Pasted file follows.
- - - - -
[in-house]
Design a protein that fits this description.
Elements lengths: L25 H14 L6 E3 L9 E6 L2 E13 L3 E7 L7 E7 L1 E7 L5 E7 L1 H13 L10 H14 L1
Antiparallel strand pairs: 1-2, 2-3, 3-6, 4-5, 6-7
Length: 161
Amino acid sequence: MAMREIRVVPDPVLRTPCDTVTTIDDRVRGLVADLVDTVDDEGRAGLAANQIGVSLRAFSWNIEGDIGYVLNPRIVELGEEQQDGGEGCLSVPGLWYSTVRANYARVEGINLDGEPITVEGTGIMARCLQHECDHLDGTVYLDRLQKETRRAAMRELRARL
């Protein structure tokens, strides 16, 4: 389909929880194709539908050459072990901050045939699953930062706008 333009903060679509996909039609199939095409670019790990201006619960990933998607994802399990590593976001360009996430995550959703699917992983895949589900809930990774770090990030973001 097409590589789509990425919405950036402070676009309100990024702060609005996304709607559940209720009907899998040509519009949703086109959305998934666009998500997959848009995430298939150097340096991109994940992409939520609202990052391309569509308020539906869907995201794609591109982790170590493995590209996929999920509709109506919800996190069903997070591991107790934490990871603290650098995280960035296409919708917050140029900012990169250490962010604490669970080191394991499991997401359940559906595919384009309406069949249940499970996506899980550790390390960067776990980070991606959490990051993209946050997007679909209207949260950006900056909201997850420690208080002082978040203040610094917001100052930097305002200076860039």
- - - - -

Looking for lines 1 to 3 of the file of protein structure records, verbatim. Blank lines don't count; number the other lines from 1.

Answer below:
[in-house]
Design a protein that fits this description.
Elements lengths: L25 H14 L6 E3 L9 E6 L2 E13 L3 E7 L7 E7 L1 E7 L5 E7 L1 H13 L10 H14 L1